Why does every even vaguely dystopian piece of fiction borrow from Blade Runner? This was the number one thought in my head the entire time while playing VA-11 HALL-A. The number two thought? "Wow, this person sure talks a lot."
You are Jill, a bartender at the dive bar VA-11 HALL-A. You get a quirky clientele coming in, and to learn about everyone, you serve them drinks to get them to talk. Since you live in a Blade Runner-like dystopia, it works as a way to learn about the world too. The story goes everywhere and nowhere at once. You learn a lot of stories - all but your own. I could delve into the talking corgis and robot sex workers, but every time I thought we’d learn more about Jill (you know, your own character), we'd go to another story I was caring slightly less and less about.
Controls are pretty easy on the Switch. It’s either remembering the right drinks, playing through a day or clicking through a story. There's no complicated moves or anything, just a lot of remembering and clicking.
The graphics try and get that 80’s 8-bit feel and succeeds… kind of. Even with such low resolution, shots of the city in rain actually look pretty cool. It is a step up from a purely retro style, like a modern 8-bit. A girl with fox ears has her ears move, for example. Sometimes things are still, but other times they are pretty well animated. Considering it’s Blade Runner-based, it’s a pretty good feel.
There is gameplay, but I debated even calling it that. There are sim elements, like waking up and perfecting bartending skills before work. There are also memory game elements, i.e. remembering how to make certain drinks. And yes, these abilities do drive the story aspect forward. But as far as actual gameplay goes, it’s really just a visual novel with extra steps. I didn’t like that aspect of it. No one watches a movie about barflies and their stories, and VA-11 HALL-A is proof of how disjointed it can be through its gameplay.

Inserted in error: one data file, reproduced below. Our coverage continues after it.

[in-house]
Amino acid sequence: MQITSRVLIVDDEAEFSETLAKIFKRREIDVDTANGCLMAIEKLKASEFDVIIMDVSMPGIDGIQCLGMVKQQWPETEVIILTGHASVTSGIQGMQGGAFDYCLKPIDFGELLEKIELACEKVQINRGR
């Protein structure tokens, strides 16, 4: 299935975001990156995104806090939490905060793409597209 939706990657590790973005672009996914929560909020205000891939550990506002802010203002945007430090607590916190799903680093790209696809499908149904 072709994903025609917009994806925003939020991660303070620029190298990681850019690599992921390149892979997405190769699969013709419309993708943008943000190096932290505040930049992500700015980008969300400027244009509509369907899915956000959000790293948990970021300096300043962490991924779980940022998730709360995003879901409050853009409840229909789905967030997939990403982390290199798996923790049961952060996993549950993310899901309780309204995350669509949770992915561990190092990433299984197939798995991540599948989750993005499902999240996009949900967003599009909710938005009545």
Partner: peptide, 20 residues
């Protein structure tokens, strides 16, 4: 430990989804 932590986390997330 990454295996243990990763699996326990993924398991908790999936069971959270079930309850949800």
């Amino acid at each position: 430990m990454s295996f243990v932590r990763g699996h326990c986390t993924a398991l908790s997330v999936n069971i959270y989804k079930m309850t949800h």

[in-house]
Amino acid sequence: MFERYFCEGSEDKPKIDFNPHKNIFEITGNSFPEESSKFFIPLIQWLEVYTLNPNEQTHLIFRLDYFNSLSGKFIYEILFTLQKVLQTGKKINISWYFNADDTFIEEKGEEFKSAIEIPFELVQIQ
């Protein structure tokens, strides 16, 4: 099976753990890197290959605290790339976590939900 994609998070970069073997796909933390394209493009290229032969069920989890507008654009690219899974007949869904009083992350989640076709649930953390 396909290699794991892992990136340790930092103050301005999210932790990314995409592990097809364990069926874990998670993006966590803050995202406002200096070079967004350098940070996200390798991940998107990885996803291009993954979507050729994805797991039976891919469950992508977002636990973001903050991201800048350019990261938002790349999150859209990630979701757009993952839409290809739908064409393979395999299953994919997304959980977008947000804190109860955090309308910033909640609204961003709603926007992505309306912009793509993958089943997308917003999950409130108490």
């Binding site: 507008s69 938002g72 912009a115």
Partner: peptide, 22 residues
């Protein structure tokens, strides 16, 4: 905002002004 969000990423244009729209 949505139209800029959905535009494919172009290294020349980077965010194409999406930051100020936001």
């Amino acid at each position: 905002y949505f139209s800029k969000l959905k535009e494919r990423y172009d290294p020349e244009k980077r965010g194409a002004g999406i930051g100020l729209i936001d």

Half of the audio is, I swear, lines being typed out from dialogue. Standard video game sounds apply here. Where it really shines, however, is the music. The music is one part 80's, one part upscale hotel lobby music, and one part typical Japanese action game music. It’s a bizarre combination, but it really works. It fits so perfectly. When I was bogged down in dialogue, at least I could count on the music to get me through.
The frame rate could get... off at some points, and look stagnant, but it’s at least partially due to the 8-bit setup. I didn’t encounter any glitches though. Besides 8-bit limitations, it was pretty good.
VA-11 HALL-A is a story disguised as a game. There are interesting characters, good music, and visuals that stay with you, but it’s brought down by seemingly endless dialogue, repetitive gameplay, and a lack of challenges. To me, with the story/gameplay, it almost felt like a bait and switch - you’re a person at a bar who is listening to somebody you don’t care about go on and on, and drink things that sometimes contain poison in the middle of a gaudy nightmare. It’s interesting, but you can largely get the same experience in Atlantic City on a weekday.
Final Score: 6.5 out of 10
A copy of this game was provided for the purpose of review.